The IRS audits small businesses every tax year for different reasons. The audit process is simple for some companies, but other audits can be a lot more serious and thorough.
Business audits can vary in depth and severity, so you’ll want to know how you can best prepare yourself. You have the right to know why you’re being audited and the right to work with a tax professional. Here’s what you should know about audit defense for business taxes.
Why Would the IRS Audit a Business?
The IRS audits businesses for many reasons, but there are five common reasons the IRS would audit your business.
First, your business may receive an audit through computer screening and random selection. The IRS will compare your tax return versus random tax returns from other returns in similar industries in these circumstances. The IRS will use this information to update how they select future tax returns to audit.
Second, you may also receive an audit because of your interaction with other taxpayers. The IRS can select tax returns for an audit when they suspect issues or transactions with other taxpayers. This is more common for transactions between business partners or investors.
The IRS may audit small businesses for additional reasons:
- Claiming too many charitable deductions
- Deducting too many business expenses
- Not reporting accurate numbers on your tax return
Steps To Take To Prepare For a Small Business Audit
There are three steps you’ll take to prepare for a small business audit. The chances of having an audit are small, but for small businesses experiencing a small business audit, audit defense for businesses taxes will help small business owners.
1. Anticipate IRS Questions
The first step in preparing for a small business audit is to anticipate what questions the IRS might ask. There are different audit types the IRS may want you to provide answers for, so the exact questions you’ll receive can vary.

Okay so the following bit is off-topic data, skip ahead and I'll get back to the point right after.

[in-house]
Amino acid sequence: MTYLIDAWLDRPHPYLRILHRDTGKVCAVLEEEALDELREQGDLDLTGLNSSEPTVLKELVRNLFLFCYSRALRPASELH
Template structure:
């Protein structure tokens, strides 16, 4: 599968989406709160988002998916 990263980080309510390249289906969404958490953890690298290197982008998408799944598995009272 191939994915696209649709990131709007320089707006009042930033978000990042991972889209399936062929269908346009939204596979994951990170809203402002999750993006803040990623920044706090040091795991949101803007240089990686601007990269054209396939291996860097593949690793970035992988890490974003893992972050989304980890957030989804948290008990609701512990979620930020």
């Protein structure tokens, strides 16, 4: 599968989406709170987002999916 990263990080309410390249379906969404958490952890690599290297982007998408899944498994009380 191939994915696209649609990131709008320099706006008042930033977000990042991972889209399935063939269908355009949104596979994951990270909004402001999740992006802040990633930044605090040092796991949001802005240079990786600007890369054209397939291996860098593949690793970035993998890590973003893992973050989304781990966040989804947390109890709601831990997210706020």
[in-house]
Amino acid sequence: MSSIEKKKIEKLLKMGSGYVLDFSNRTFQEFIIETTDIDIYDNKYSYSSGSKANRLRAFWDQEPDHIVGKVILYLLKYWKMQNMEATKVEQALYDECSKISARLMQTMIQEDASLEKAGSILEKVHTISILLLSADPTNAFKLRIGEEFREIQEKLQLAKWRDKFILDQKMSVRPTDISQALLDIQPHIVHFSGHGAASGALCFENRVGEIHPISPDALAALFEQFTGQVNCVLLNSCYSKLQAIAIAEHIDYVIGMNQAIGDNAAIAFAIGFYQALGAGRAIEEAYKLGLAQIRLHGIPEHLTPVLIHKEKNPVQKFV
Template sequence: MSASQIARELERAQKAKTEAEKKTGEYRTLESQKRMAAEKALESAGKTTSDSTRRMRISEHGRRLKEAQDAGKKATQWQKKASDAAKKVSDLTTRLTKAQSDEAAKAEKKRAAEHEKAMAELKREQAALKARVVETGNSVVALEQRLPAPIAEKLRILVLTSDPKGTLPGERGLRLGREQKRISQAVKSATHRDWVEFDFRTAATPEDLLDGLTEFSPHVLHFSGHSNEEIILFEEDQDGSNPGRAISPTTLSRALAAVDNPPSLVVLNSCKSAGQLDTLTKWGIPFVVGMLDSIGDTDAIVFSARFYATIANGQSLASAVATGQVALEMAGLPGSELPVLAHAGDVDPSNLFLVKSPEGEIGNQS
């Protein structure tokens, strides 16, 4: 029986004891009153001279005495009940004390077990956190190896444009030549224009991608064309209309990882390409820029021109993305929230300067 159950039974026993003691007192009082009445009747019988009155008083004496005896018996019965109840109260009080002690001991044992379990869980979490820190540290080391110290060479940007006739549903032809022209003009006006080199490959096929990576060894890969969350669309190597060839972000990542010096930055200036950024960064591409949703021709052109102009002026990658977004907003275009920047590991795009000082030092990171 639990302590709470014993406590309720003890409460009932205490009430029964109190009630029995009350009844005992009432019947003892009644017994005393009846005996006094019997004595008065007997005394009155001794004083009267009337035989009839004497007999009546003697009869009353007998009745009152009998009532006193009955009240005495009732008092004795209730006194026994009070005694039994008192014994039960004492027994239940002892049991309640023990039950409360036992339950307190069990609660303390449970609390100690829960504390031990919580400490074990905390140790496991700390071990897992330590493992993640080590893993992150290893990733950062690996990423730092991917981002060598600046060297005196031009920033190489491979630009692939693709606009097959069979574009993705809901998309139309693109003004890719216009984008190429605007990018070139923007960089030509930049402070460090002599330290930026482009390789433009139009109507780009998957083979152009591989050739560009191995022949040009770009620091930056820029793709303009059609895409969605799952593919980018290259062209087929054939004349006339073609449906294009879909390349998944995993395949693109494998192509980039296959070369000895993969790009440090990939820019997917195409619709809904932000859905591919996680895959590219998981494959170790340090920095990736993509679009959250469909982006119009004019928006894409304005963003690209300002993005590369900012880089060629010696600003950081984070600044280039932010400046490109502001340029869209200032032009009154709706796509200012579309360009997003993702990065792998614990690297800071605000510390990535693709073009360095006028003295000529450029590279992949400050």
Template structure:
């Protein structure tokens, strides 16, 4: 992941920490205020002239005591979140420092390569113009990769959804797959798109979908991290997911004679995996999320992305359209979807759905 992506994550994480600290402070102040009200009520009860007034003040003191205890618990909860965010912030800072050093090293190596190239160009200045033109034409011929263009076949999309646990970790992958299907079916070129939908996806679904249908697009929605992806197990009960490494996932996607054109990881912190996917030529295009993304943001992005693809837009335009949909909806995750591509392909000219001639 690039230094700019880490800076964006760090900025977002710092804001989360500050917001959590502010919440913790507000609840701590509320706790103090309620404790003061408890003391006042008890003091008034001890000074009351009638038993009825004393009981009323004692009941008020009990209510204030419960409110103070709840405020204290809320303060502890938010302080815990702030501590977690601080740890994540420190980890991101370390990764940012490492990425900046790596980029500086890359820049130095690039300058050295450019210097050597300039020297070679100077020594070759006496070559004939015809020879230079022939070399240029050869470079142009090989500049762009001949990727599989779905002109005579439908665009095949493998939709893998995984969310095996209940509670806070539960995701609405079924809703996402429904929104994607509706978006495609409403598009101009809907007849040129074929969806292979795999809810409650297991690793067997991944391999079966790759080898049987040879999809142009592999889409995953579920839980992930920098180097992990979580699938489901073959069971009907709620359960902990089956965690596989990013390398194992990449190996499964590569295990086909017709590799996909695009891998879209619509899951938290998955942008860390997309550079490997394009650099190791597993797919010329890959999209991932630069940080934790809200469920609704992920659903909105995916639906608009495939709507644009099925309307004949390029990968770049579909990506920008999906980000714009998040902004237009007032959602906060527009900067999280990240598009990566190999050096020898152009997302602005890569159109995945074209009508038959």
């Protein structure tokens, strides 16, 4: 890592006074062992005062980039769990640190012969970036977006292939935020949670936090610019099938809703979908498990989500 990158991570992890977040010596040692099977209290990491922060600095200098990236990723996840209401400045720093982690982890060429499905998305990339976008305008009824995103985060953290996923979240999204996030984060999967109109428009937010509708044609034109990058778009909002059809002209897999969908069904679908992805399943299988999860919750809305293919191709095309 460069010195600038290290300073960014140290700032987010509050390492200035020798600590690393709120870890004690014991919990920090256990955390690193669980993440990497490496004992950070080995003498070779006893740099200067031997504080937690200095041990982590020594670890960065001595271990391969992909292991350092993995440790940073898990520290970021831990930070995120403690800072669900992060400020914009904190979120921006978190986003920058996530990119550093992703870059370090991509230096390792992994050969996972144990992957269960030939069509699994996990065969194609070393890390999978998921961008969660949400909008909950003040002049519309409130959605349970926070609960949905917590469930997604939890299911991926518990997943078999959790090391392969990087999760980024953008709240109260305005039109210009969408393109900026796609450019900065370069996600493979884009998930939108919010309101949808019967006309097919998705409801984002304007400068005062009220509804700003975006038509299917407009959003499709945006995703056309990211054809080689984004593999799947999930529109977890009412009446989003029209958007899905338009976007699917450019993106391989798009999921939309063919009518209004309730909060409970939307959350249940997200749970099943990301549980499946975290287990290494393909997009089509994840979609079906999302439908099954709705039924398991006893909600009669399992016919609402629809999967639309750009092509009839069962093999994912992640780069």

There are four types you may experience, each with different potential questions:
- An audit letter
- An office audit
- Field audits
- Line-by-line audits
Audit letters will contain information asking about documentation. You may also see this audit used as a correspondence audit.
Audit letters may require you to answer questions about issues on your tax return, such as charity donations, deductions, or expenses. You can mail the proof the IRS requires for audit letters to resolve the problems with an audit letter.
The next potential audit you may receive is an office audit. You’ll receive a letter requesting an in-person visit to an IRS office. This level of audit allows you to bring a tax professional on a specified date, and together, you and your tax professional can answer questions.
Field audits are another audit that the IRS can issue. You’ll receive an audit letter first containing additional information about how to set up a field audit. You can set up a date and time for an IRS to visit to conduct an audit.
During a field audit, an IRS agent will visit your home or place of business. Field audits are rare, and you can also work with a tax professional to answer questions the IRS may have.
Finally, line-by-line audits are the last type of audit you may receive. This audit can happen to any taxpayer, but they are very rare. The IRS issues these audits for data purposes, but the questions you may receive will involve every line of your tax return.